The SEC has been deluged with letters and calls from investors complaining of delays in transferring accounts.
According to SEC records obtained by RR through the Freedom of Information Act, the SEC received 1,739 complaints (both written and telephone) between 1996 and 1998 from brokerage firm customers. Over 620--more than a third of the complaints--came from wirehouse customers.
Clients allege unexplained delays lasting from a few weeks to several months, causing them in some cases to lose money.
Separately, the SEC reports that in 1998 it received 1,180 investor complaints relating to a broader complaint category it tracks--"transfer of account problems." This category, which saw a 41% jump from 1997, is now the No. 2 problem area behind misrepresentation.
Here are some stories from a random sample of 15 letters complaining of delays:
* A Prudential Securities client submitted an account transfer request March 17, 1998. On April 20, the firm receiving the account said it hadn't received any securities. The client never got an explanation for the delay from Prudential. The securities showed up May 1, 1998. The client filed a formal complaint May 3, 1998, alleging $3,000 in losses as a result of the delay.
* An investor requested that Dean Witter transfer an IRA rollover account to a bank (the date of the transfer request isn't specified). Three weeks later, the client says, he was told by his new broker that the account had not been transferred. His former broker gave him an 800 number for Dean Witter's transfer department but no one there could give an explanation.
"I was in need of some of that money to pay bills," the client tells RR. "I had to call all of my creditors and explain the situation."
The client wrote a complaint letter to the SEC on June 25, 1997. The account finally transferred with no explanation at an unspecified time later, with a $50 transfer charge.
* Another Dean Witter client discovered 2,300 shares of stock mysteriously pulled back when Dean Witter transferred his account to another firm. The client asked the Dean Witter broker to sell the shares, but the broker said she first needed to find out why the shares had been pulled back. Nine days later the client was still unable to sell the shares. The customer filed a complaint with the SEC.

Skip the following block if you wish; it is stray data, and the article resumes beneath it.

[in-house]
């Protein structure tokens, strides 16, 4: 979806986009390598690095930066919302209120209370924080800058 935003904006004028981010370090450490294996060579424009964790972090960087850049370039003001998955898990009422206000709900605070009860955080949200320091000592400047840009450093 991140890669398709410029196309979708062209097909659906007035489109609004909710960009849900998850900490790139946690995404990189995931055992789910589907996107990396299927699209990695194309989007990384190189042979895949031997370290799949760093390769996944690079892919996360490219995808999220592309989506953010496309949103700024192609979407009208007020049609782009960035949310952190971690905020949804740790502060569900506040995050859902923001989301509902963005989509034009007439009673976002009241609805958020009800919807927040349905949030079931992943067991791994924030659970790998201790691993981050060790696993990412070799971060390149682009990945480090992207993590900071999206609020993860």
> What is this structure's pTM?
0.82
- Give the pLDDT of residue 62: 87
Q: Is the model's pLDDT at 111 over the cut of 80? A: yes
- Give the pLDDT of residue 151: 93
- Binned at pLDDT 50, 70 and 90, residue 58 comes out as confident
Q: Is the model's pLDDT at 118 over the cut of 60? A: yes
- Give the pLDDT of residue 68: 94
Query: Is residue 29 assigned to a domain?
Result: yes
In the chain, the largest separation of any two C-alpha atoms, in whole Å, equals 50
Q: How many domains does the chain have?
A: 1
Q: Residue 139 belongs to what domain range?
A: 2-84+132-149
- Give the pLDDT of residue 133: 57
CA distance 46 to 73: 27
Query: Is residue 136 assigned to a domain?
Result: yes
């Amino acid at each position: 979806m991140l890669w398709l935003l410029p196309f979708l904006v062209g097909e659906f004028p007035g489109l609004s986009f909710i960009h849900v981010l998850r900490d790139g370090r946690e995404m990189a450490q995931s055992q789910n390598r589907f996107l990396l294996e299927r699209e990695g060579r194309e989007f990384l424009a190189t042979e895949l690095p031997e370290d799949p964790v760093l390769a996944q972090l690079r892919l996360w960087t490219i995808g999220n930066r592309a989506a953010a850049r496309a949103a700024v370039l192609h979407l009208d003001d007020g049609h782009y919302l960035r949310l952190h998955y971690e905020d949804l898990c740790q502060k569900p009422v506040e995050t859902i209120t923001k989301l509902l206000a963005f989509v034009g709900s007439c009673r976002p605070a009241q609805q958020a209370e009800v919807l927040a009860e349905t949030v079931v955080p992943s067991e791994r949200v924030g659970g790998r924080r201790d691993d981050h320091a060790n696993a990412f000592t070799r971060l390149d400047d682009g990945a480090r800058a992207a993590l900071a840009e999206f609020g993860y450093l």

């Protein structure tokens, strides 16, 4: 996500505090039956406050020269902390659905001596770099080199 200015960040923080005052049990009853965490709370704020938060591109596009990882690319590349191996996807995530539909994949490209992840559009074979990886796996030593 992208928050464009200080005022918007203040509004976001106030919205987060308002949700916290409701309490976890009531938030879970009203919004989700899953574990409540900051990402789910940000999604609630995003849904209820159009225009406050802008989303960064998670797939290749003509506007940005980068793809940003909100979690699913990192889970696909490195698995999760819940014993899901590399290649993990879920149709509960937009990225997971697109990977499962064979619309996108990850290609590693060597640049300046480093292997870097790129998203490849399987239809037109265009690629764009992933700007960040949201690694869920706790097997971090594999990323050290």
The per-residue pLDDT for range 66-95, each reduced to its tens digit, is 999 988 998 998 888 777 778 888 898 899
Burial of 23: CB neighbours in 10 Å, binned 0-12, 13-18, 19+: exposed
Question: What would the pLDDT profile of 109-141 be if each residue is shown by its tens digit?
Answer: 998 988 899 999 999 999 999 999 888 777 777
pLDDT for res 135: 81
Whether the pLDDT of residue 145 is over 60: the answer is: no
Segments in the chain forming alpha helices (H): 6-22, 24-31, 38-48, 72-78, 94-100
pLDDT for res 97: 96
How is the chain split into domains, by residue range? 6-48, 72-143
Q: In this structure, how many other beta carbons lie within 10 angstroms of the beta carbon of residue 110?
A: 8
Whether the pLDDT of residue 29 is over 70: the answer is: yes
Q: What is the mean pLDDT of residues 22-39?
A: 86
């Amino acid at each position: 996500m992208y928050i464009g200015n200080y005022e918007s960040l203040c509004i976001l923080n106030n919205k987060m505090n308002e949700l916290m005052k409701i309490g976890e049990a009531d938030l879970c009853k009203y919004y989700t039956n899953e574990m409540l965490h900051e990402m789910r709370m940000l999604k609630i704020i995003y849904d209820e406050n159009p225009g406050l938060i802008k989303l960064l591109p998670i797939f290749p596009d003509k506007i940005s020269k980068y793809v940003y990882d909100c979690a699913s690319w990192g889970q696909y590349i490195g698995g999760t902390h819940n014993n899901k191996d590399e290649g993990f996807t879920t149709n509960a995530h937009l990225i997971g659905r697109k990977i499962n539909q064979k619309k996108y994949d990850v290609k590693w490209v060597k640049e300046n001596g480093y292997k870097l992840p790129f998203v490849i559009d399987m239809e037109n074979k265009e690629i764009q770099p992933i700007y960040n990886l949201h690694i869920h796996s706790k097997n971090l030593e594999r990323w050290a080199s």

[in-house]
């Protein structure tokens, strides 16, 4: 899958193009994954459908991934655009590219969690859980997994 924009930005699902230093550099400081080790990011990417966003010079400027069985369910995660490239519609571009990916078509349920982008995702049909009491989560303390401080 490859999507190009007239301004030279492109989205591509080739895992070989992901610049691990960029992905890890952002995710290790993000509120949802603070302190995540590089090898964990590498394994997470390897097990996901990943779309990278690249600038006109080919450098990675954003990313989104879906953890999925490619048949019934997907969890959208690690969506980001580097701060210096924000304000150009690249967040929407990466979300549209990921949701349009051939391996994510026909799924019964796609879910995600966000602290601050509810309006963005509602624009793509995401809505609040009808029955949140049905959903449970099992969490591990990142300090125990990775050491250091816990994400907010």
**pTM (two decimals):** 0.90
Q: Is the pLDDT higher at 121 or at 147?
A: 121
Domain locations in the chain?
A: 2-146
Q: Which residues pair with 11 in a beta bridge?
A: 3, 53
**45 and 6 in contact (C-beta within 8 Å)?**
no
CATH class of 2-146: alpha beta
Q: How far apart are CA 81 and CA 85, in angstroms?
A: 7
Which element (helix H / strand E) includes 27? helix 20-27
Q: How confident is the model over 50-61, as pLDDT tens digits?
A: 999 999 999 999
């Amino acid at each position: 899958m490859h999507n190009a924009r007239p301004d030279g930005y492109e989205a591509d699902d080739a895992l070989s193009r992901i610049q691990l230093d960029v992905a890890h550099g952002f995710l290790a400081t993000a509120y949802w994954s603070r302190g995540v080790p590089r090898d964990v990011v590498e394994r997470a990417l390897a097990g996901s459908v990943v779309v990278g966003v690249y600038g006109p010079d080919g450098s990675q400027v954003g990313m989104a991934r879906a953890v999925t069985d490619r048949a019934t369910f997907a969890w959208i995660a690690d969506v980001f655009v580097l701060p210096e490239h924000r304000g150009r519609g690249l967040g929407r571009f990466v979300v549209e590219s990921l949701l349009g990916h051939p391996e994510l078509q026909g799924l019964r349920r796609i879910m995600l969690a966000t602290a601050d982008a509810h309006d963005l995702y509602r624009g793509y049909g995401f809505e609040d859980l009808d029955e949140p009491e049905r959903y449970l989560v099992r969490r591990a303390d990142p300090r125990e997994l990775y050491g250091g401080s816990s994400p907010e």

* A Merrill Lynch client alleged that he sold some stocks and directed that the proceeds and all of his accounts be transferred in full to another wirehouse. Nearly six weeks later, most of the accounts still weren't closed. Merrill then said it couldn't transfer an account holding a proprietary annuity. The annuity finally did transfer, but only after five months had passed and a $60 transfer fee had been charged, according to the complaint.
SEC documents show the client reached an undisclosed settlement with Merrill Lynch three months after the customer filed a complaint with the SEC.
* It took a PaineWebber client nearly three months to get the assets in his company's profit-sharing account transferred out, according to a complaint letter.
* Another PaineWebber client found some preferred stock didn't get transferred when he moved his account to another firm May 29, 1998. Two months later, the client's new broker was assured by PaineWebber that the stock would be in the account no later than July 31.
The client then asked his new broker to exercise an option, expiring Aug. 5, which would allow an exchange of the preferred stock for common. The preferred stock transfer wasn't completed until Aug. 17--too late to exercise the option.